moo cards

Friday, May 27, 2011


last night, I finished this cute little guy!!!
the first pic is one I forgot to load yesterday
it just shows the yarn I used (I only used .25 of the skein) and for the face, and the black yarn, I just used a small amount of odds and ends I keep in a box.

I really need to learn how to embroider better, cause I think I messed up his face.
but that's my fault, not anything from the pattern.
the pattern is just wonderful, and easy to understand.
here's a link to the designer

Thursday, May 26, 2011

Itty-Bitty Orangutan Toy

so i am test crocheting a pattern for someone on ravelry.
it is the

Itty-Bitty Orangutan Toy

I am a little late starting it... but found some time this afternoon to get started.

here is my progress so far...
I spent about an hour and 15 minutes on it so far!!

Wednesday, May 25, 2011

Giving it all away

I love my church!!!
if you want to check it out.

we recently did our own version of
Extreme Home Makeover

what an incredible thing to be a part of!!
I watch the video of it often for inspiration.

if that isn't inspiring, I don't know what is

if you listen to the song that's played near the beginning...
it's amazing. Giving it all away....

I've been singing it over and over ever since the makeover!!!
don't know what it is, it just got to me

in the spirit of giving love away...
I have been crocheting little hearts
to "give love away"

Monday, May 23, 2011


lately, i've been trying to focus on my etsy shop

there must be something I'm not doing
I am VERY open to suggestions, if anyone has any.
I'd LOVE to "hear" them!!!

I think I'm #1 - not getting enough traffic to my shop
and #2 - not carrying the right items???
the DS pen leashes were doing pretty good for a while, but have come to a stop.
I'm trying the bead marker route right now (mostly b/c Morgan and I spent a few hours one day making them and talking, and enjoying "girl time")
I'd like to sew some more items and get them up, but not sure which way to go with it.
I made a few doggie bandannas and enjoyed that.
I'd love to find a nice used embroidery machine so I could personalize items that I make
I think that's a wonderful service to offer people.

anyway, i'm just babbling
and hoping maybe someone will have some ideas for me.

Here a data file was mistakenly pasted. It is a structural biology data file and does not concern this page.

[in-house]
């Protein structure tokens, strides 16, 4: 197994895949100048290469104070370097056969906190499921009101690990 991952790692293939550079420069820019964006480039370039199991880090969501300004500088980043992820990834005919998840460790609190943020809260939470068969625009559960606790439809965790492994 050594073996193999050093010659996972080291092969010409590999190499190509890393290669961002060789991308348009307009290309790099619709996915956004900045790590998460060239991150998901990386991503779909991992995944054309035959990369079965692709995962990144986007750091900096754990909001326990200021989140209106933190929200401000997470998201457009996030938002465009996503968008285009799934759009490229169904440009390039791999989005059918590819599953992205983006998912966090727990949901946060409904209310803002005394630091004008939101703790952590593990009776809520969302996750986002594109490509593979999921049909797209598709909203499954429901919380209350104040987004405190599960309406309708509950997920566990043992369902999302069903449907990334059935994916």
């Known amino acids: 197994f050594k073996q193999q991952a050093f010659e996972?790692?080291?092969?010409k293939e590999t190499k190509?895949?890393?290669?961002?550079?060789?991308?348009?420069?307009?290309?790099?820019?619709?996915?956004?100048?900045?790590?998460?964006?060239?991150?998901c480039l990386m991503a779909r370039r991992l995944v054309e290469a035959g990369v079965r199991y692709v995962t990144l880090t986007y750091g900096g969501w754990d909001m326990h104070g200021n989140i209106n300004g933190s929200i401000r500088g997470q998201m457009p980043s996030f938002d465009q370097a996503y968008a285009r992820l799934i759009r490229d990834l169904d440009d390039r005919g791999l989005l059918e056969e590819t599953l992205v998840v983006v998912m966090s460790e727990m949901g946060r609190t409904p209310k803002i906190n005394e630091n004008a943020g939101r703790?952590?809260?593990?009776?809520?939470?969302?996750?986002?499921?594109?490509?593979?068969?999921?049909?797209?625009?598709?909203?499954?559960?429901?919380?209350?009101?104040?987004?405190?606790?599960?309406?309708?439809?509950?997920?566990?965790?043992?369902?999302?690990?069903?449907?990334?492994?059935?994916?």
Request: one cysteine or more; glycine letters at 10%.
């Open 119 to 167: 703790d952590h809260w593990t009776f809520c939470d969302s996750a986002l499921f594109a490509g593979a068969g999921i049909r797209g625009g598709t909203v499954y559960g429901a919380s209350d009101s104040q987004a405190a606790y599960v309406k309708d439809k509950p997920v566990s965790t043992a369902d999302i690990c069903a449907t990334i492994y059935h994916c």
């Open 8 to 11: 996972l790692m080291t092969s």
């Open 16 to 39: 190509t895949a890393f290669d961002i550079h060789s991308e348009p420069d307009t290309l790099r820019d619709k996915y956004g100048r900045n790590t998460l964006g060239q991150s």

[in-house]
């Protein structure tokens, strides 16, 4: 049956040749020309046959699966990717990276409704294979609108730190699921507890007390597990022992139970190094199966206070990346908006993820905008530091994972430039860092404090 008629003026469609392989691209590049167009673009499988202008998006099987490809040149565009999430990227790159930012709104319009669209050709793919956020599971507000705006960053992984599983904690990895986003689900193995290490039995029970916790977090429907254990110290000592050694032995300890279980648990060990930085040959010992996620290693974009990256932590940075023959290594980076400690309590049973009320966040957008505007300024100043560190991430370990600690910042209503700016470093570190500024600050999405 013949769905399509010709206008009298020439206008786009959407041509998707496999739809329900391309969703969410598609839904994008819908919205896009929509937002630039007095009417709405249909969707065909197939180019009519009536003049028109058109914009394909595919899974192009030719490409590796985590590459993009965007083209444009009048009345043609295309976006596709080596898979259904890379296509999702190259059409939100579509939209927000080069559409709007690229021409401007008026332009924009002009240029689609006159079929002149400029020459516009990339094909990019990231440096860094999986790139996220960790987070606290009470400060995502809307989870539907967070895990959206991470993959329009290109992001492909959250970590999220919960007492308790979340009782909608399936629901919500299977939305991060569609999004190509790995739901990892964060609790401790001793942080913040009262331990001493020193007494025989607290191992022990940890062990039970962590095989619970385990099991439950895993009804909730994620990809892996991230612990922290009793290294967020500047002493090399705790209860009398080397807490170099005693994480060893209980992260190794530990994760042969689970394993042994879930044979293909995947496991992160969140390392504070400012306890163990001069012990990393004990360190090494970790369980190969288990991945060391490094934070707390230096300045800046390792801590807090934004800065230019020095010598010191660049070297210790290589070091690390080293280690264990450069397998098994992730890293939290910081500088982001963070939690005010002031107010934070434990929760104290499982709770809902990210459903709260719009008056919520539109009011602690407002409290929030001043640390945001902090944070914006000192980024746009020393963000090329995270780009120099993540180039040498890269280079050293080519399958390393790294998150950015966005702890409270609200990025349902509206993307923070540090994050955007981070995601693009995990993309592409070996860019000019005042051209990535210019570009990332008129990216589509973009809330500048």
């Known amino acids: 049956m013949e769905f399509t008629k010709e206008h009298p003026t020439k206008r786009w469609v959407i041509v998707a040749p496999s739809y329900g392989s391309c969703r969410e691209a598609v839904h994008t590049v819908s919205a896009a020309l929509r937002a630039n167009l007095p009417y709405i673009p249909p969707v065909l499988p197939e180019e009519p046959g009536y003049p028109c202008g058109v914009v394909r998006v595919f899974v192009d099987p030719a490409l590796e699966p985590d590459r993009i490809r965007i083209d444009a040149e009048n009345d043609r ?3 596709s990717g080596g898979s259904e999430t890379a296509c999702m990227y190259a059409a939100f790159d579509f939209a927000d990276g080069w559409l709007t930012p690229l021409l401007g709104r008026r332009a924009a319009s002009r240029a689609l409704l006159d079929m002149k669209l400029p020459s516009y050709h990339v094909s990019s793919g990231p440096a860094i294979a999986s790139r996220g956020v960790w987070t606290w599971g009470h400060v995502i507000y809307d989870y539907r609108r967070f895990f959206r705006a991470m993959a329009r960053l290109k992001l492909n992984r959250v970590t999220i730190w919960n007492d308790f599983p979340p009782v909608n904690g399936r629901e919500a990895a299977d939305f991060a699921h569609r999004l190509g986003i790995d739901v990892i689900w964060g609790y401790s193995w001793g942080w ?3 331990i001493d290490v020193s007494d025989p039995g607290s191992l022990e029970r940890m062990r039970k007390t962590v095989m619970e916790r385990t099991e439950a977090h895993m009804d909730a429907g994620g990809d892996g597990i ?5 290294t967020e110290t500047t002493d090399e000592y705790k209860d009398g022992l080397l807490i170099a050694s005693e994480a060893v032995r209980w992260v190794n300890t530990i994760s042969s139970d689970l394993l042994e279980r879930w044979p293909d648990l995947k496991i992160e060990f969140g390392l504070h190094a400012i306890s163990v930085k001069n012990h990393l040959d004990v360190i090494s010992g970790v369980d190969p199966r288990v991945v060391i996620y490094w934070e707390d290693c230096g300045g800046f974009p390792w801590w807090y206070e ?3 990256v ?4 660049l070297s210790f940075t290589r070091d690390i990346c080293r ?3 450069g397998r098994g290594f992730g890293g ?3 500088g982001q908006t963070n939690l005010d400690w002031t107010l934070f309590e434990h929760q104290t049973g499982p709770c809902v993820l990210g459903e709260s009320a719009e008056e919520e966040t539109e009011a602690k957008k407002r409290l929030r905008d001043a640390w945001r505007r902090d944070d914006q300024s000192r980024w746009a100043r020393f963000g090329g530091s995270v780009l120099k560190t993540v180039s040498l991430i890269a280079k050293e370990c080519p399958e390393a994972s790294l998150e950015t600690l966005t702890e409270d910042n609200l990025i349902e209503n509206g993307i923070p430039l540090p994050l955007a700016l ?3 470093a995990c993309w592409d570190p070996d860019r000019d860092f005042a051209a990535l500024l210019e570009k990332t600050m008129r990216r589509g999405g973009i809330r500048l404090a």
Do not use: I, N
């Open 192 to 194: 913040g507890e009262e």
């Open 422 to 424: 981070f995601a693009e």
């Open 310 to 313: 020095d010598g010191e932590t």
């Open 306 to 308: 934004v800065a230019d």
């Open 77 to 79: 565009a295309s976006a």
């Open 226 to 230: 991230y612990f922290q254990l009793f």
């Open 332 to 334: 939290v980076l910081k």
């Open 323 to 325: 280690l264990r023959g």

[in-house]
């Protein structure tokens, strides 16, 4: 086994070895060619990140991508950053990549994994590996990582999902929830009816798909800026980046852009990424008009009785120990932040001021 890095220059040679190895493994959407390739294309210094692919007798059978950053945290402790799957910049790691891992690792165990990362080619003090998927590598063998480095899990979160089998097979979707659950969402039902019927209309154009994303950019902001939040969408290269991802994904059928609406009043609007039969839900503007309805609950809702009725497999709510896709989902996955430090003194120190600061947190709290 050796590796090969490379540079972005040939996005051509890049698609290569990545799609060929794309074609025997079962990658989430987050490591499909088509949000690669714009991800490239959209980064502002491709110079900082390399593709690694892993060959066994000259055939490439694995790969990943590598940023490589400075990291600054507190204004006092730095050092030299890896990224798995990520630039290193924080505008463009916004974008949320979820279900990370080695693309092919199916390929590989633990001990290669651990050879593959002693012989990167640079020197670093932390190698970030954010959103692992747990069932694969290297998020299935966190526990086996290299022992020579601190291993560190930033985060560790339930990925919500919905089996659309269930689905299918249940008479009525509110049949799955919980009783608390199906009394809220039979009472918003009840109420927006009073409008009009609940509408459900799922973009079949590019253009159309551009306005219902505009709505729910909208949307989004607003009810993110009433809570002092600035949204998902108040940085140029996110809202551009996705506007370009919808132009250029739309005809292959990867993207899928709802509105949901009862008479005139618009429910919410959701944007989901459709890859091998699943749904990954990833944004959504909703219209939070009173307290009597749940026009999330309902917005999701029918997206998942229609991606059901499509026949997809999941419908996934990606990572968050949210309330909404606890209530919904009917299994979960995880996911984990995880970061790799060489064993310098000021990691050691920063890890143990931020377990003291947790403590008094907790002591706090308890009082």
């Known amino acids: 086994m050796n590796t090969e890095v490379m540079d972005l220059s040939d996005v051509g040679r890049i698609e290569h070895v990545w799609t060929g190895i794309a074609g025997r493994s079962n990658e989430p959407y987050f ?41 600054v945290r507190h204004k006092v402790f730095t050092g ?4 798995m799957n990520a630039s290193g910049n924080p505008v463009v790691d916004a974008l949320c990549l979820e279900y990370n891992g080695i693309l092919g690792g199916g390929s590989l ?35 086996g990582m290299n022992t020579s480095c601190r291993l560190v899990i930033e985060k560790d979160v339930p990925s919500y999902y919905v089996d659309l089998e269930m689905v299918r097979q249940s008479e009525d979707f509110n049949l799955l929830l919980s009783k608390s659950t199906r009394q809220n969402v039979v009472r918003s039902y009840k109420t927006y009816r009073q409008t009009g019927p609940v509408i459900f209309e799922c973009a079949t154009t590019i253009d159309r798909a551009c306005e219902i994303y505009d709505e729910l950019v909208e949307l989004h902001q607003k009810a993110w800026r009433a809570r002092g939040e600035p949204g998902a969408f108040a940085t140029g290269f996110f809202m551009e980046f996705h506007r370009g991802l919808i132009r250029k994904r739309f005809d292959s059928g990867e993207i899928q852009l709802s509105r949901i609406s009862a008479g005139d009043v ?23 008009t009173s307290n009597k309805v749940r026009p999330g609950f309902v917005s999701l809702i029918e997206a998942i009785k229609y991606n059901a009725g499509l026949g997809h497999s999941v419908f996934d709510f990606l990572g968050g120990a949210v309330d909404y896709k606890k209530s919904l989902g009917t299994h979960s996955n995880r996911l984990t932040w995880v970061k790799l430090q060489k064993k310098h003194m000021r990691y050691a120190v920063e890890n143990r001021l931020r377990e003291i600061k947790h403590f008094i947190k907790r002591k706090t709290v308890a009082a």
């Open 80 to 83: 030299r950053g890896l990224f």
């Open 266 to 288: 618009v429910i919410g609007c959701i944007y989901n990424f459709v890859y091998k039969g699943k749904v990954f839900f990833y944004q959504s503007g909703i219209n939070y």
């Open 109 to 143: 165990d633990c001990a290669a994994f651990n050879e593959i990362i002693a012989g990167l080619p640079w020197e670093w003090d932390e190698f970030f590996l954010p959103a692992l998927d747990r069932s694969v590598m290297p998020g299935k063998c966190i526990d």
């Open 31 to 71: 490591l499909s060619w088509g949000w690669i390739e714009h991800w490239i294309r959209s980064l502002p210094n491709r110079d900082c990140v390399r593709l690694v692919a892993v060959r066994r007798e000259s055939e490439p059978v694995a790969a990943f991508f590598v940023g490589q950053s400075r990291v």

thanks for listening.


definitely go check this one out!!!

Monday, May 2, 2011

GOTTA do this!!!!!!!!!!

{ a whole new… fridge. } » Wild Ink Press

{ a whole new… fridge. }

Lots of busy design going on here today, so this will be a pretty short post. Dipping my toe into the DIY explanation world here, I thought I would start with something pretty simple. A fridge. A worn out, in-your-garage, second-storage-for-parties sort of fridge. Well, maybe some of you have a fridge like this as your main refrigerator. I know we sure did in our first apartment!

Here’s a before pic of said second/studio fridge. Now, this is ALSO a before shot of what the studio looked like, and it’s pretty grotty. There’s a bit of cabinet painting going on (when we were redoing our kitchen last year, long story for another post), and a lot of funky haven’t been sorted or organized yet mess from moving in. You’ll just have to trust me that it’s gone now. Yup, it’s been moved into a whole other room. Sigh. Wait, I was going to show you the refrigerator:

fridge beforeOkay, functional, but not the greatest looking thing in the world. And it had a few big scratches and some leftover tape stuck to the sides. Now this is the point where a true DIY explainer would have great in between shots: close up of paint, supplies, paint brush in action, tarped and taped fridge, etc. Well, I forgot to take photos of those steps. What can I say, it was before I was blogging conscious. { sorry. } But I’ll give you my best little run-down:

Wipe dusty fridge clean. Remove hardware (we ended up leaving the handles off, although I painted them separately). Lightly sand fridge. Tape rubber lining so you don’t paint it. Prime fridge. I used gray rustoleum primer (roll-on, not spray) for metal objects. I rolled the fridge because it’s just too dang big to spray… seriously, how many spray cans would that be? Rolling worked great – mini-roller and brush in combo. I rolled two coats of black chalkboard paint, and voila! I was done. Oh, and I waited three days for it to “cure” before I “seasoned” the whole fridge with chalk. Okay, it was really, really easy. Chalkboard paint is about the most forgiving paint ever. Be sure to stir the can often though, as the sediment can sift to the bottom fast. All right, ready for the after?

fridge afterBe still, my heart! Another artist surface is available to me! Not only to me, but to this little guy…